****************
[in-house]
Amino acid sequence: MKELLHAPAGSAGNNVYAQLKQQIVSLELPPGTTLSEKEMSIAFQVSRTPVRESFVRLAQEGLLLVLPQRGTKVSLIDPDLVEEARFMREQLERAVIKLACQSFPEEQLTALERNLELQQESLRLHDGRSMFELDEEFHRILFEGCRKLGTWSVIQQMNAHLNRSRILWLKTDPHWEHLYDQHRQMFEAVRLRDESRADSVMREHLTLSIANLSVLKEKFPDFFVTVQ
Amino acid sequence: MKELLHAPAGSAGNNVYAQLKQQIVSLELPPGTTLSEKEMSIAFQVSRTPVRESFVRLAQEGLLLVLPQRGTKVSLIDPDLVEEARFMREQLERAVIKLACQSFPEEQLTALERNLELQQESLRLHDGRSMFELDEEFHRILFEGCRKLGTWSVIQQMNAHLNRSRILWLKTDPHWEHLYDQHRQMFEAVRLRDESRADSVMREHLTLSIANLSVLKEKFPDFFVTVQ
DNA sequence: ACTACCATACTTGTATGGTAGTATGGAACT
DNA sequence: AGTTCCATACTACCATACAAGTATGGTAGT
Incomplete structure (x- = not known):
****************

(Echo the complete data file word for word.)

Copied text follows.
[in-house]
Amino acid sequence: MKELLHAPAGSAGNNVYAQLKQQIVSLELPPGTTLSEKEMSIAFQVSRTPVRESFVRLAQEGLLLVLPQRGTKVSLIDPDLVEEARFMREQLERAVIKLACQSFPEEQLTALERNLELQQESLRLHDGRSMFELDEEFHRILFEGCRKLGTWSVIQQMNAHLNRSRILWLKTDPHWEHLYDQHRQMFEAVRLRDESRADSVMREHLTLSIANLSVLKEKFPDFFVTVQ
Amino acid sequence: MKELLHAPAGSAGNNVYAQLKQQIVSLELPPGTTLSEKEMSIAFQVSRTPVRESFVRLAQEGLLLVLPQRGTKVSLIDPDLVEEARFMREQLERAVIKLACQSFPEEQLTALERNLELQQESLRLHDGRSMFELDEEFHRILFEGCRKLGTWSVIQQMNAHLNRSRILWLKTDPHWEHLYDQHRQMFEAVRLRDESRADSVMREHLTLSIANLSVLKEKFPDFFVTVQ
DNA sequence: ACTACCATACTTGTATGGTAGTATGGAACT
DNA sequence: AGTTCCATACTACCATACAAGTATGGTAGT
Incomplete structure (x- = not known):